Time for Australia to Rethink Its Antarctica Policy

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2022-01-13 11:30:02

The Antarctic Treaty System has governed affairs in Antarctica since 1961. But it is now struggling under the weight of strategic power competition and new threats to Antarctica’s unique ecosystems. Through gaps in governance frameworks, states are exploiting the treaty to pursue national interests. This article examines how strategic power competition is affecting Antarctica and how Australia, as a claimant to 42 percent of East Antarctica, might seek to better protect it.

Antarctica offers great treasures in natural resources, fishing stocks, bioprospecting opportunities, climate science analysis, and hydrocarbons, with potential reserves of between 300 and 500 billion tonnes of natural gas on the continent and potentially 135 billion tonnes of oil in the Southern Ocean. Article 1 of the Antarctic Treaty declares that use of Antarctica is reserved for scientific observation and investigation – for peaceful purposes only. Article 1, however, is under siege.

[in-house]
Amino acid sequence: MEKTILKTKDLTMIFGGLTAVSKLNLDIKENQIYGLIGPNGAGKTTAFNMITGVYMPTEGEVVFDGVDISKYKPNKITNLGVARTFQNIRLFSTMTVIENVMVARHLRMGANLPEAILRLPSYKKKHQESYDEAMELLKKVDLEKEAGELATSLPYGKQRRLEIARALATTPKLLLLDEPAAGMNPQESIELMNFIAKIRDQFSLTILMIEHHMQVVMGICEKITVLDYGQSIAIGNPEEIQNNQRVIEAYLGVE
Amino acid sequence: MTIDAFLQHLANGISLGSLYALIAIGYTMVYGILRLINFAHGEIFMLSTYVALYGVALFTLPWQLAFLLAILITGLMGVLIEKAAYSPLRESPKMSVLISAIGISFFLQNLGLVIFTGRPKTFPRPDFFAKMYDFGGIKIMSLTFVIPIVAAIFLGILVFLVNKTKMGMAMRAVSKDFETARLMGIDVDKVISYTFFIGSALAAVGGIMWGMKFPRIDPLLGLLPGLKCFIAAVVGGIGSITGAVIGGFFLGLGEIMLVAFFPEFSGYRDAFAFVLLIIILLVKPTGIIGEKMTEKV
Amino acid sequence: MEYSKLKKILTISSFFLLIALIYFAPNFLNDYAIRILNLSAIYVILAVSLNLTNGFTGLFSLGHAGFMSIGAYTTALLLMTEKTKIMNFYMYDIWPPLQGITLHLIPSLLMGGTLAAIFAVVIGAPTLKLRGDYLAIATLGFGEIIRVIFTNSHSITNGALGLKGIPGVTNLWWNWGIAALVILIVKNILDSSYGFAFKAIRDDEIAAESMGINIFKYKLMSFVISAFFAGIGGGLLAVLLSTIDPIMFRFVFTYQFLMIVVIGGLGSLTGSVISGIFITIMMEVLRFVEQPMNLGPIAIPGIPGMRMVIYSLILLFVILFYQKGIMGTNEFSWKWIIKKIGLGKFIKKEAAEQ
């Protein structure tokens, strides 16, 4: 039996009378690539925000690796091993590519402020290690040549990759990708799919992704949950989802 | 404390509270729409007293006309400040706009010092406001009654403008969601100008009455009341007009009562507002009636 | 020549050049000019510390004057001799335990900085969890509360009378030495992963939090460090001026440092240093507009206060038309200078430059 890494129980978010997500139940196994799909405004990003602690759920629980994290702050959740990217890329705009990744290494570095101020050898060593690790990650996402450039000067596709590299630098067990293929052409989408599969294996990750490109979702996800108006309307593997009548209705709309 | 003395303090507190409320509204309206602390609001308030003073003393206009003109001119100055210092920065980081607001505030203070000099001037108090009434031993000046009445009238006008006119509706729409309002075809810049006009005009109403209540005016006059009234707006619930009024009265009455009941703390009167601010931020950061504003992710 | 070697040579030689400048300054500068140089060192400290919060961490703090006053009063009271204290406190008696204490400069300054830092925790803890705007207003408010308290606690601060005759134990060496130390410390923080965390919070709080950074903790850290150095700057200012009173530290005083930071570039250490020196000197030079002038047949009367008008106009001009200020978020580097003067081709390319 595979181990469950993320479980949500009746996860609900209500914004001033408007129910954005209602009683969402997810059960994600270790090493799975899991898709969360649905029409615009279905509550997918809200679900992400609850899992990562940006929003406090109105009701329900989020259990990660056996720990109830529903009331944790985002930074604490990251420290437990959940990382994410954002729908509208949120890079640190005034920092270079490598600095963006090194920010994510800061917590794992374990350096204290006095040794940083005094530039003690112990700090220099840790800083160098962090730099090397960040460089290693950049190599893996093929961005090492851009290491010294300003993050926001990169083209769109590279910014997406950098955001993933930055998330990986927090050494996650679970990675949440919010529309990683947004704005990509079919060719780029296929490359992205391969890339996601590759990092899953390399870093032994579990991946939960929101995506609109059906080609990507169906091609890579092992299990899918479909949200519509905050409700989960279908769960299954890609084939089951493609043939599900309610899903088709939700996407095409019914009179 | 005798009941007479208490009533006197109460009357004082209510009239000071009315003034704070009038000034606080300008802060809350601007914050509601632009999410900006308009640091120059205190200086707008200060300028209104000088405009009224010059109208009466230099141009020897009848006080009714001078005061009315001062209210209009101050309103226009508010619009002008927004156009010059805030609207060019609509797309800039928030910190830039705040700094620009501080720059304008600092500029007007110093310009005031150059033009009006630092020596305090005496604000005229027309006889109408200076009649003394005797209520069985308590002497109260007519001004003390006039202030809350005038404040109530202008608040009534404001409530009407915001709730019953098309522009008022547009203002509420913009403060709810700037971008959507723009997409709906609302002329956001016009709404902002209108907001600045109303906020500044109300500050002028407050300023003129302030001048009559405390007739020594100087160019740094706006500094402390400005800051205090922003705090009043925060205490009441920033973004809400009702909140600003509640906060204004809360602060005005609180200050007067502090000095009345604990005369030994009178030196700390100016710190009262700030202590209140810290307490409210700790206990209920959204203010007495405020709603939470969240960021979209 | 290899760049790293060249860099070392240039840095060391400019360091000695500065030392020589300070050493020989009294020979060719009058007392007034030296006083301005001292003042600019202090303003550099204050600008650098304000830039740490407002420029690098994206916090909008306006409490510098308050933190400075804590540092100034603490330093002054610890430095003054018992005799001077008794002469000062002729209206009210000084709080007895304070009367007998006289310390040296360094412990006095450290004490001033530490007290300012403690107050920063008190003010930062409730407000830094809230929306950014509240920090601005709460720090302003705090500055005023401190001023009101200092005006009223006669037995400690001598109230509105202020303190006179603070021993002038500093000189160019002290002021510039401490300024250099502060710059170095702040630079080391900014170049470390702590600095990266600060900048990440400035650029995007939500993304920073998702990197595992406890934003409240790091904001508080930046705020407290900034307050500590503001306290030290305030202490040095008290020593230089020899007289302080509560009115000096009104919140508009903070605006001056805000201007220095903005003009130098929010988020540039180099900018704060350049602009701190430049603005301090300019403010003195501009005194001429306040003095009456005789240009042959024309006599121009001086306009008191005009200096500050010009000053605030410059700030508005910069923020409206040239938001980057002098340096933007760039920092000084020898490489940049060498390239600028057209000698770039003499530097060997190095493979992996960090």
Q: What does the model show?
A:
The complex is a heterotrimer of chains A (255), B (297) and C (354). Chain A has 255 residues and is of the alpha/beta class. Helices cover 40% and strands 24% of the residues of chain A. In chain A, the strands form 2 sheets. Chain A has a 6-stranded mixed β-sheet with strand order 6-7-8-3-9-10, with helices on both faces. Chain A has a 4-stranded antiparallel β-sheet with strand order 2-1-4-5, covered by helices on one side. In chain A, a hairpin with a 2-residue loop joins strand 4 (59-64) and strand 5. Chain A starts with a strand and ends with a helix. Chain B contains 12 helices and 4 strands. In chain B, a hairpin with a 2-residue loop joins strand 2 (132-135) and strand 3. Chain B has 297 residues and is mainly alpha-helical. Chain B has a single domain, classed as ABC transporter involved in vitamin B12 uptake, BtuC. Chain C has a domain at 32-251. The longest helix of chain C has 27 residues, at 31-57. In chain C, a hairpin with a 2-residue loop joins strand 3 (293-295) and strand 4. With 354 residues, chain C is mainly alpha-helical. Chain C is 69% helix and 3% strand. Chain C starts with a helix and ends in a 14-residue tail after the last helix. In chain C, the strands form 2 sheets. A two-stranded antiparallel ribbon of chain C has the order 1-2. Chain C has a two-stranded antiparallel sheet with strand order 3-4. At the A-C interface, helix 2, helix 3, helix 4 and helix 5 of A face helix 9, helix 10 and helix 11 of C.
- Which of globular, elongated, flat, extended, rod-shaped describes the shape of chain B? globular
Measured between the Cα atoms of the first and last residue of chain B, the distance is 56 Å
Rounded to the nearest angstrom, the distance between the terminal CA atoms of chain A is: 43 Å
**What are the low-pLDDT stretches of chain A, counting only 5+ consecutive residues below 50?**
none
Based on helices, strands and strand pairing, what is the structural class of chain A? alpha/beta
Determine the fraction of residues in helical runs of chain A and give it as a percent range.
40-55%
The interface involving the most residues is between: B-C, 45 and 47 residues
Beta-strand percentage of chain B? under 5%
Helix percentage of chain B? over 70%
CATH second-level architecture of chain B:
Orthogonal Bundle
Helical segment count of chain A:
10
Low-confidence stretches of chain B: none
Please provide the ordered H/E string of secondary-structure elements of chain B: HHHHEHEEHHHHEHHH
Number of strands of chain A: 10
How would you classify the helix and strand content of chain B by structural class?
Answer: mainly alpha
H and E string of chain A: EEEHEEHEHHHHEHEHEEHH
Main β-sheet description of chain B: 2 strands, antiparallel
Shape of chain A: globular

Despite the treaty suspending the claims of the seven original claimants (Argentina, Australia, Chile, France, New Zealand, Norway, and the U.K.), the United States and then-Soviet Union (as additional, non-claimant, original signatories) exercised the right under the treaty to stake a claim at a later stage. In effect, the treaty froze the issue of territorial sovereignty.

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